Up close with APHIDS T

If you grow veg­eta­bles, roses, dahlias, cit­rus, or other fruit trees you will have aphids in your gar­den. As soon as the weather warms and your plants flush into suc­cu­lent spring growth, aphids are ready. They emerge from their win­ter slum­ber to start fee

Go Gardening - - Bug post -

hese tiny suck­ing ma­chines pierce young buds and shoots with their drink­ing straws and set­tle in for the feast, gorg­ing them­selves as they shoot out baby af­ter baby.

Aphids mul­ti­ply VERY rapidly in spring, not least be­cause a fe­male aphid has no time for love at this time of year. She makes babies with­out mat­ing (it’s called partheno­gen­e­sis). What’s more, these babies are all girls and at just a week old start giv­ing birth to their own baby girls - up to five per day for up to 30 days.

As if that wasn’t enough, un­like other in­sects, aphids don’t mess about lay­ing eggs at this time of year. Spring babies are born live, so they can get suck­ing right away!

There are many types of aphid, vary­ing in colour from green to yel­low and black, a dif­fer­ent one for each kind of plant. All are soft bod­ied bugs 2-4mm long. You’ll see their fat lit­tle bod­ies clus­tered to­gether as they suck the life out of your plants and poop out their ‘honey dew’.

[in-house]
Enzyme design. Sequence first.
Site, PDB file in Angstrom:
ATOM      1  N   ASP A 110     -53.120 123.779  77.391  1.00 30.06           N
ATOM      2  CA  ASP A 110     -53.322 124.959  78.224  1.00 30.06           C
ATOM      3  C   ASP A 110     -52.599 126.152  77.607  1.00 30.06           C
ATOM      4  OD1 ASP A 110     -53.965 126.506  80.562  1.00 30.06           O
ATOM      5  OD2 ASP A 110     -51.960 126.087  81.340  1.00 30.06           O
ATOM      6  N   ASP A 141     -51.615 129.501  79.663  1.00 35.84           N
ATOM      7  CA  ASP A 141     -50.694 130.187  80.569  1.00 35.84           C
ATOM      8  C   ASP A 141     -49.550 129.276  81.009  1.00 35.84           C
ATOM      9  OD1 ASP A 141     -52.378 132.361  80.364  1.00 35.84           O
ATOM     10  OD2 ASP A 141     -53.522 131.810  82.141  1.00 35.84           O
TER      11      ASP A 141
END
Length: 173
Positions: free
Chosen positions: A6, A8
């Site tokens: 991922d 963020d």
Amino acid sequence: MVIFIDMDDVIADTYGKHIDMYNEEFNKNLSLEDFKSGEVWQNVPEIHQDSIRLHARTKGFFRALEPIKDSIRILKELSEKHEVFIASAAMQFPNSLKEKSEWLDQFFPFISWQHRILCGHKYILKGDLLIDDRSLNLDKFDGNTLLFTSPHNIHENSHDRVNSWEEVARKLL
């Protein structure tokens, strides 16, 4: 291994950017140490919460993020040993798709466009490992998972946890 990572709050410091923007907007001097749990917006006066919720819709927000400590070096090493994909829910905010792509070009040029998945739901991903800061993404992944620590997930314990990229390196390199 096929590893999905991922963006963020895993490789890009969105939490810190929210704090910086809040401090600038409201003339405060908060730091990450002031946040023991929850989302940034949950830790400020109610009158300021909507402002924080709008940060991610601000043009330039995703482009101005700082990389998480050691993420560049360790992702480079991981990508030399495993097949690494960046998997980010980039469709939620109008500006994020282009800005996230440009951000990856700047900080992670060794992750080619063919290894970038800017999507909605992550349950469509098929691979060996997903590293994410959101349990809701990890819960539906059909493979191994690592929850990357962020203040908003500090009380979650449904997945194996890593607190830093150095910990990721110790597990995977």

Aphid in­fested buds may fail to open while leaves be­come twisted and dis­torted and growth may be stunted. One of the worst things about aphids is that they can trans­mit virus dis­eases to plants. The hon­ey­dew poop is also a prob­lem, es­pe­cially on cit­rus trees, as it at­tracts ugly black sooty mould. Ants will ‘farm’ the aphids for their hon­ey­dew, fend­ing off aphid en­e­mies so the aphids can keep feed­ing. What to do about aphids

The first line of de­fence is to be on watch in early spring. Check your plants reg­u­larly at the be­gin­ning of warm weather so that aphids can be con­trolled be­fore pop­u­la­tion ex­plo­sion gets away on you.

Though fright­en­ingly pro­lific, aphids are also quite vul­ner­a­ble, eas­ily squashed or killed with soapy wa­ter or other low tox­i­c­ity sprays. They also have some very ef­fec­tive nat­u­ral preda­tors, in­clud­ing la­dy­birds and tiny par­a­sitic wasps, so it’s im­por­tant to look af­ter these ben­e­fi­cials. Only spray when you need to. Many con­trol agents, in­clud­ing nat­u­ral sprays such as gar­lic, will kill the nat­u­ral preda­tors along with the pests.

Check for aphids when the weather warms up in early spring so you can avoid pop­u­la­tion ex­plo­sion in sum­mer.

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